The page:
Alcohol And Seniors

 

 

Understanding Health and Drinking: The Case of France


 

Many people have heard of the "French Paradox". It is a term applied to countries such as France that have high per capita alcohol consumption (usually wine) but appear to have low rates of coronary heart disease relative to their level of consumption of animal fat.* A 2000 study  (European Comparative Alcohol Study (ECAS)) compared six countries-Finland, Sweden, Germany, Great Britain, France and Italy. It, as well as other reports, highlight some of the things we read in the news really need more context.

First of all, alcohol consumption has diminished dramatically in France for the past four decades. It went from 17.5 litres per capita in 1960 to 13.3 litres in 1985 to 11 litres in 2000. The group that already have been at the lowest level of consumption--the middle class--has reduced their consumption further and the other socio-economic groups in the country have followed them. (Sulkunen,1989)

Interestingly, even though the average level of consumption has decreased in France over the decades, the mortality rate for cardiovascular diseases has also decreased. For example, it was 330/ 100,000 for men in 1986 and 231/100,000 for men in 1999. It was 206/100,000 for women in France in 1986 and decreased to 130/100,000 in 1999 (Institut national d'études démographiques). Some of this may reflect medical improvements, but there are likely other factors too such as changes in level of people's activity, smoking and heavy drinking. Between 1970s and mid 199os, the rate of liver cirrhosis  and alcohol  dependence both decreased substantially in France, reflecting the reduction in the per capita consumption. (WHO)

There  are other changes happening too. Currently, among six European countries, the average consumed quantity per drinking occasion is highest in Finland, Sweden and the UK. It is the lowest in France and Italy. The youngest people show the highest quantity per drinking occasion in most countries. (Heifman, 2002)

 

 


 

Here are some questions and answers for your consideration:

 

1. What is the current level of drinking in France?

 

People often assume that most people in France drink. That may be the case for men, but not women. In the study, France and Italy actually had the highest proportion of non-drinkers among women aged 18-64 (27 and 22% respectively). The term non-drinkers here means, they did not drink any alcohol in the past year.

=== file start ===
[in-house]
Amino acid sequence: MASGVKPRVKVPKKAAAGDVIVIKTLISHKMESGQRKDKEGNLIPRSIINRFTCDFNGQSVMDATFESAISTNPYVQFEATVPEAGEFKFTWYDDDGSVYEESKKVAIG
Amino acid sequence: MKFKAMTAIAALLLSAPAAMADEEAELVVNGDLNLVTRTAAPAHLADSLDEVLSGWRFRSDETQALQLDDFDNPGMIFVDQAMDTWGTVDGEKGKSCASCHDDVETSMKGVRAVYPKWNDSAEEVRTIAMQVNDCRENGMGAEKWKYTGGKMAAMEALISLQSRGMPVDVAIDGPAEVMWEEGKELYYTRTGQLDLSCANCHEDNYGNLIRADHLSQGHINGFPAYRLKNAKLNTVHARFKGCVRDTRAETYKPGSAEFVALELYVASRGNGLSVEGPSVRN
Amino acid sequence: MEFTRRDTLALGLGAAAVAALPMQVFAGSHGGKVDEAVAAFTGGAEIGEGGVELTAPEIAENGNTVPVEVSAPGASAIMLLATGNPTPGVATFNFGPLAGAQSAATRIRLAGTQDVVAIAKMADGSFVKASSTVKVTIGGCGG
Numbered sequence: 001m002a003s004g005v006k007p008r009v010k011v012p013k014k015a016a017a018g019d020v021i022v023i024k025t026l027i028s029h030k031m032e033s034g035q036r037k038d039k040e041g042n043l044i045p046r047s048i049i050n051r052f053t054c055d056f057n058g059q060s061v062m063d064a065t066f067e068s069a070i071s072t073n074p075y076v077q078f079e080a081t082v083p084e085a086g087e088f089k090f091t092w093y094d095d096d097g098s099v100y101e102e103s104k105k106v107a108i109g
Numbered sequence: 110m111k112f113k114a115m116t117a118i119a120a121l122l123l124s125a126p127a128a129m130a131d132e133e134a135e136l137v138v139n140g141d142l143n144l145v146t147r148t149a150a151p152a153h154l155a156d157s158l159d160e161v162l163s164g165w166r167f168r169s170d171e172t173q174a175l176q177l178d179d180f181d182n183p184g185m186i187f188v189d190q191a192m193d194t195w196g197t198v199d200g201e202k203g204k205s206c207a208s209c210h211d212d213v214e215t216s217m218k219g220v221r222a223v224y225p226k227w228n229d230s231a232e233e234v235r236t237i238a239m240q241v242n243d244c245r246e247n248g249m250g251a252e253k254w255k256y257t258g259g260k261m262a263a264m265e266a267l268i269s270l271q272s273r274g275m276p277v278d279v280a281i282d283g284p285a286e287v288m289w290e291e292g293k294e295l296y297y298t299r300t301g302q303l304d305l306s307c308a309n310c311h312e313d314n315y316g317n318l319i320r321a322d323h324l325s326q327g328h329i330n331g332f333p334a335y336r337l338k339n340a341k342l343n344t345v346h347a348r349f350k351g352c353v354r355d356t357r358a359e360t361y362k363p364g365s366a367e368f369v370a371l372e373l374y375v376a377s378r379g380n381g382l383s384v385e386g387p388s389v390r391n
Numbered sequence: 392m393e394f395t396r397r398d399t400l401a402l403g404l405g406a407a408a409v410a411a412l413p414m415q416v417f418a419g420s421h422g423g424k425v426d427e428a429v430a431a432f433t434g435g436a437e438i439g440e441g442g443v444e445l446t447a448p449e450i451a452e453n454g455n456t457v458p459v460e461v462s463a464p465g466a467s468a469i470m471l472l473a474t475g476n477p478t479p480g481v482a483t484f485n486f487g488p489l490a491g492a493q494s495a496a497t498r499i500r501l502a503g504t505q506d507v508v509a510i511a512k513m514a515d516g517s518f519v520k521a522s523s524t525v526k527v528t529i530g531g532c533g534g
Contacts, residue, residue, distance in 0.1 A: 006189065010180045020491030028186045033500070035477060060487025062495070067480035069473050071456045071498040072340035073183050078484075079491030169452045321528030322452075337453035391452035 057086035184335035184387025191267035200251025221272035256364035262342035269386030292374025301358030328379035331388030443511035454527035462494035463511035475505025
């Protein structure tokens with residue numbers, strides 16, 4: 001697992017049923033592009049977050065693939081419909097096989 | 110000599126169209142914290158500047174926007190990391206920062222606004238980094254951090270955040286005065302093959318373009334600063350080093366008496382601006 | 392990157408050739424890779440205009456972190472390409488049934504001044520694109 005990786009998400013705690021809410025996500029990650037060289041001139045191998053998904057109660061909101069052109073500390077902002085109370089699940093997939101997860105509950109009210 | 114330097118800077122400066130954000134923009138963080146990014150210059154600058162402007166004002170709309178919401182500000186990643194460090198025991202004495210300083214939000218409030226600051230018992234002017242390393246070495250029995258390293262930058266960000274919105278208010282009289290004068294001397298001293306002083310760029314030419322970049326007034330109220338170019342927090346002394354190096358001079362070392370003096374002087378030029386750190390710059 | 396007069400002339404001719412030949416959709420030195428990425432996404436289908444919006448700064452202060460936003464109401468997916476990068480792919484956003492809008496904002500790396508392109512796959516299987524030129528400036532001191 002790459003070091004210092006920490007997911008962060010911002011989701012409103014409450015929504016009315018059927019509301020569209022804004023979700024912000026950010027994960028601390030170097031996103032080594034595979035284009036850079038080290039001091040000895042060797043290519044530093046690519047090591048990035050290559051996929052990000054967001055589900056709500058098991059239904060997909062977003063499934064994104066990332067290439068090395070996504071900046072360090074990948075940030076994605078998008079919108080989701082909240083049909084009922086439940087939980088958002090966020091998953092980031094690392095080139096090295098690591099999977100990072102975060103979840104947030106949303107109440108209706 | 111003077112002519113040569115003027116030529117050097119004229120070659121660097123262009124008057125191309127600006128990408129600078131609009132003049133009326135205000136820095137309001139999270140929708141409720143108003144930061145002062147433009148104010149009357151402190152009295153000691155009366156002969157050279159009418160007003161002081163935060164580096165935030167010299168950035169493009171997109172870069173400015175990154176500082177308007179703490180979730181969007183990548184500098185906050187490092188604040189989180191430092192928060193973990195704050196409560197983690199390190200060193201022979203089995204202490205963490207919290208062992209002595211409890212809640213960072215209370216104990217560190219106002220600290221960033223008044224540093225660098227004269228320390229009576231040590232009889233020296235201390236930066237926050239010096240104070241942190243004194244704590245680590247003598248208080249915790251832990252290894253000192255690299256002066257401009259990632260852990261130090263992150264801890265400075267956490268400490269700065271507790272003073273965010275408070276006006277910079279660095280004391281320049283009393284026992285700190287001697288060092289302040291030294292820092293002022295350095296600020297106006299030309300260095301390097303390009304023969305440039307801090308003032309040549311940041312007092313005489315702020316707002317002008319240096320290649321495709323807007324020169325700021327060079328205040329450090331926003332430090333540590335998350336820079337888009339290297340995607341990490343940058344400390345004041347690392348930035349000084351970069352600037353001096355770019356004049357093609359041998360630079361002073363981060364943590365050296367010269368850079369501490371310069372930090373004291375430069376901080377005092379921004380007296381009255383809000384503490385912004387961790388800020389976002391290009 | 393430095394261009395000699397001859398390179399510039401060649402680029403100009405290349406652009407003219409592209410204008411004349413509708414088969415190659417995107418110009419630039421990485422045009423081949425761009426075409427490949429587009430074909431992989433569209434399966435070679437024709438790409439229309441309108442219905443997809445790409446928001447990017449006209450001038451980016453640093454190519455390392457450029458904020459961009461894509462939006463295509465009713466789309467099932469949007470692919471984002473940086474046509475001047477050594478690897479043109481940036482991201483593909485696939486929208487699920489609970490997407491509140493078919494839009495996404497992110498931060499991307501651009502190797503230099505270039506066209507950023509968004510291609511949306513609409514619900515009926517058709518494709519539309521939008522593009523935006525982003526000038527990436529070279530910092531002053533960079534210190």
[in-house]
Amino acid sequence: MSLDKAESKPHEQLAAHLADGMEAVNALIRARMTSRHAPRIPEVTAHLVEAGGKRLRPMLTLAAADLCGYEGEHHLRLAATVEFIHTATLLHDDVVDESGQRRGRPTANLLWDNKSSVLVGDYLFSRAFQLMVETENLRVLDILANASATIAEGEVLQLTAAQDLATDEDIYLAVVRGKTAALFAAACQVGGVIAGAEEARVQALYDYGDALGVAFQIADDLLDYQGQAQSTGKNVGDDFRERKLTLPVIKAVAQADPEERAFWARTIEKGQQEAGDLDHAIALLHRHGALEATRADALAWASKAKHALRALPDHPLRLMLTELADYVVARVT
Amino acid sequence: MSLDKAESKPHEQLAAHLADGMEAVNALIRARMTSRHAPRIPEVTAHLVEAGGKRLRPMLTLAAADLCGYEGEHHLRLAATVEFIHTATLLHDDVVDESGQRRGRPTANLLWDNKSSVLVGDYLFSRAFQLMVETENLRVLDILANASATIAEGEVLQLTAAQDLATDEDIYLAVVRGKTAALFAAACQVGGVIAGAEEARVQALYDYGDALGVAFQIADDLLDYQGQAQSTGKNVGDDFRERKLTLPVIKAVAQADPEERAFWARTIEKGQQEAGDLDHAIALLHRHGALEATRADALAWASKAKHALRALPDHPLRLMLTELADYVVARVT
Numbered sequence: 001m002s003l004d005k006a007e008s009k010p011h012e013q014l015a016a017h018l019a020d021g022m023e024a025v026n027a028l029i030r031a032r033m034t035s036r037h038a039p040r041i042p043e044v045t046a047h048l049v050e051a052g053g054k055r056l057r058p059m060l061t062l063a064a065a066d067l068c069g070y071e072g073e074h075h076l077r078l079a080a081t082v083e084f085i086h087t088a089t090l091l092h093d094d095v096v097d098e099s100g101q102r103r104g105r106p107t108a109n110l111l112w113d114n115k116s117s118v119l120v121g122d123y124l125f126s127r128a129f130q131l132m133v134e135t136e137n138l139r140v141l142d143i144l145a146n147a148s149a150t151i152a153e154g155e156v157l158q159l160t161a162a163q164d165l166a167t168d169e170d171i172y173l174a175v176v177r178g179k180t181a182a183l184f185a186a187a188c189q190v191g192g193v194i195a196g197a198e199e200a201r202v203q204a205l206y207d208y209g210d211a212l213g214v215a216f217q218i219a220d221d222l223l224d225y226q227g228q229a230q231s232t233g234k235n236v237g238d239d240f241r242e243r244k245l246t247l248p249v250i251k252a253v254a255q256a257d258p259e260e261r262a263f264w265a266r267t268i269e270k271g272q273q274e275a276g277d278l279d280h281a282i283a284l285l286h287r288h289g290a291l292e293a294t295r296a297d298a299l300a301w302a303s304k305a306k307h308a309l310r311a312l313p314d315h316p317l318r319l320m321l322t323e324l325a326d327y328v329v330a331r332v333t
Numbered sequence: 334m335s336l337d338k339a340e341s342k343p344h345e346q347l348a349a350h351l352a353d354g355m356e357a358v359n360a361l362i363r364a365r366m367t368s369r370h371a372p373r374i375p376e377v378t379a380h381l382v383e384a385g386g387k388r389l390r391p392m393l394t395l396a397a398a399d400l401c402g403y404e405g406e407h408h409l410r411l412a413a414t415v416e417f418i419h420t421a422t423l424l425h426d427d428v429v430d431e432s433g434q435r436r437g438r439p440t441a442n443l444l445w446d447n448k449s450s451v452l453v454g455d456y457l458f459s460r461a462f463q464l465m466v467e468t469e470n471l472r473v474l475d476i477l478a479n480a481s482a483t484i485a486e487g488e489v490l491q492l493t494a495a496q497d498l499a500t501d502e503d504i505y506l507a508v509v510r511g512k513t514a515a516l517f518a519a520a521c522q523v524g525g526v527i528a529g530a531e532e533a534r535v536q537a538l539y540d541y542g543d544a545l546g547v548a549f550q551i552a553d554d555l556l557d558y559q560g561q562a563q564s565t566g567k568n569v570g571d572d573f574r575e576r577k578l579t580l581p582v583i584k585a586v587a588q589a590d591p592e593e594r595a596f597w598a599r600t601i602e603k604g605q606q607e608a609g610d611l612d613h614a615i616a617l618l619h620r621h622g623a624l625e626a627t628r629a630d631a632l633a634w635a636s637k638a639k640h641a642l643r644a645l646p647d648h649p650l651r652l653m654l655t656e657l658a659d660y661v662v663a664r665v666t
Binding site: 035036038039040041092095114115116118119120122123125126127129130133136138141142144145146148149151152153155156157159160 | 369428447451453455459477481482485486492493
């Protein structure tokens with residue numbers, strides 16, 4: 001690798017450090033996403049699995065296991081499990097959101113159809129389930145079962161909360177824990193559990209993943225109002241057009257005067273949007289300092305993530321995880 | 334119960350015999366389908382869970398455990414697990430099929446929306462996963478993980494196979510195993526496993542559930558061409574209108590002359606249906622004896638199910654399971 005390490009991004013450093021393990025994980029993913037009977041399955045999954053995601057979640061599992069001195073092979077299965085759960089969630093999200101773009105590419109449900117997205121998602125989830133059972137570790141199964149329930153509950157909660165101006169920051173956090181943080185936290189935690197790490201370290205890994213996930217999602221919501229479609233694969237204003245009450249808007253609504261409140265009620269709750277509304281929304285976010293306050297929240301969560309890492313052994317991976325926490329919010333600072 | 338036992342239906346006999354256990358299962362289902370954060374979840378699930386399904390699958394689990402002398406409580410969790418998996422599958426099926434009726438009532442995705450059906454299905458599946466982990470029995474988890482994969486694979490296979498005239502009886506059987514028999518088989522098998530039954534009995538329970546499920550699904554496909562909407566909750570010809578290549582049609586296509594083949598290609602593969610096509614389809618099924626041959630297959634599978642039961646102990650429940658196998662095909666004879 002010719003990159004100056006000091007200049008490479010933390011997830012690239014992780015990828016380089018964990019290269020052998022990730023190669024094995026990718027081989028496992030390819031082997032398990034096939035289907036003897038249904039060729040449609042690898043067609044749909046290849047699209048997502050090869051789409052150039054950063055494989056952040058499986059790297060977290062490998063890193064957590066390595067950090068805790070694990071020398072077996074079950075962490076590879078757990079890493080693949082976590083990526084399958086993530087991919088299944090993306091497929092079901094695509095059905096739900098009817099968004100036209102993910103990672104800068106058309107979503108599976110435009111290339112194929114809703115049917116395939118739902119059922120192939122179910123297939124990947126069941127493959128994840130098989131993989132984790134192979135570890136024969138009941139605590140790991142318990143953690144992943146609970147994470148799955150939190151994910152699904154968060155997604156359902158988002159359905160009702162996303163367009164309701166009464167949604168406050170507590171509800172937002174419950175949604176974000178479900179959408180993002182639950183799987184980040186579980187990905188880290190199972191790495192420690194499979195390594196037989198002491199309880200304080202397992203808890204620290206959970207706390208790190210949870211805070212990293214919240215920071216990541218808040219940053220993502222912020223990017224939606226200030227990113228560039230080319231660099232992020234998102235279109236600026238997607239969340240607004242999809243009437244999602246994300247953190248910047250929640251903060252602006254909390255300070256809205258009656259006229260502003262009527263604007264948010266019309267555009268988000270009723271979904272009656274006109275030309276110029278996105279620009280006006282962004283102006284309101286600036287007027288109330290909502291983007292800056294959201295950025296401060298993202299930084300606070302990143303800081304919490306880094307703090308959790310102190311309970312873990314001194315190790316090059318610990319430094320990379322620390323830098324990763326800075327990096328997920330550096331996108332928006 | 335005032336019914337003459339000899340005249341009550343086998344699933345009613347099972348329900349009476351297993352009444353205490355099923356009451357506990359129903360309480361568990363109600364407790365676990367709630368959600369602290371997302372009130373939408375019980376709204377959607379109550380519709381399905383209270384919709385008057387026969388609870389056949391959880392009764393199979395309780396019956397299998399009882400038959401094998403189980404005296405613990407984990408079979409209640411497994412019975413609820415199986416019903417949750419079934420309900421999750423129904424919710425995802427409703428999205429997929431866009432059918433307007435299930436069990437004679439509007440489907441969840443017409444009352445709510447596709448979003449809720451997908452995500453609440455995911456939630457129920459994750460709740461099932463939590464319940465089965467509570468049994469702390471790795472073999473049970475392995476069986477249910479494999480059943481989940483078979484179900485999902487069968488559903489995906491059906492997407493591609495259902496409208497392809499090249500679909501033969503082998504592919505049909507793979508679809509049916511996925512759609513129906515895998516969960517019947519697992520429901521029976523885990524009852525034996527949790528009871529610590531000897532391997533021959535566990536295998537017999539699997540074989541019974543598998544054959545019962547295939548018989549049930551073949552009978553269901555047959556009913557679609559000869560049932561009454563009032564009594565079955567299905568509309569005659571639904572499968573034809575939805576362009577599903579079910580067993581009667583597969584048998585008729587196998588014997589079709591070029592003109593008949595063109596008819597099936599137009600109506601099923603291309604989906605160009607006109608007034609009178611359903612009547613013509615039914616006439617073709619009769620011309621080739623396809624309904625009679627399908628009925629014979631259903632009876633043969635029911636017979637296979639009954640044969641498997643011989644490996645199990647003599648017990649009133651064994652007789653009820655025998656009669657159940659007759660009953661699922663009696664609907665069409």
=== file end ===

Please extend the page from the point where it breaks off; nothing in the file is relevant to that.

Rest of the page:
2. Do people in France drink every day?

 

No. According to the study, only 22% of the men and 9% of the women drank every day. About one quarter (23%) of  the men in France drank only once a week; another 19% were drinking 2-3 times a week.

For women, 27% never drank in the past year, 26% drank only once a month or less in the year. 10% were drinking 2-3 days a week, and 16% were drinking only once a week. Only 3% drank 4 or 5 times a week.

 

The study does say that the older generation (those aged 50-64) was more likely than younger people to drink daily. But again, the amounts on each occasion were much lower for "the old folks" than for the younger adults, and at all age groups men consumed on average, 2 to 3 times as much alcohol as women did.

 

3. Where did France rank compared to the other countries in weekly heavy drinking?

French showed the lowest rates among the six countries of weekly heavy drinking. Italy and United Kingdom had the highest.

 

4. Where does most drinking in France occur?

Most (80%) of the "drinking occasions" in France is with lunch and dinner.

 

5. Do some French drinkers develop alcohol-related problems?

Yes, absolutely, even though most drinking moderately.

It has been suggested by some in France, that people there have often turned a blind eye to problem drinking both at a policy and resource level. Craplet (2001) for example, points out that "a problem drinker is considered badly in France and that alcohol-related problems become taboos in families, work places and nations. " Craplet goes on to note:

 

"We can point to the example of Princess Diana's death on the Paris streets: many observers were surprised that the driver of a royal princess could take the wheel while intoxicated. We can say now that this man had a chronic problem and that he was obviously drunk on the night of the accident, but nobody stopped him because of the taboo in French society, and particularly in the hospitality sector where he worked."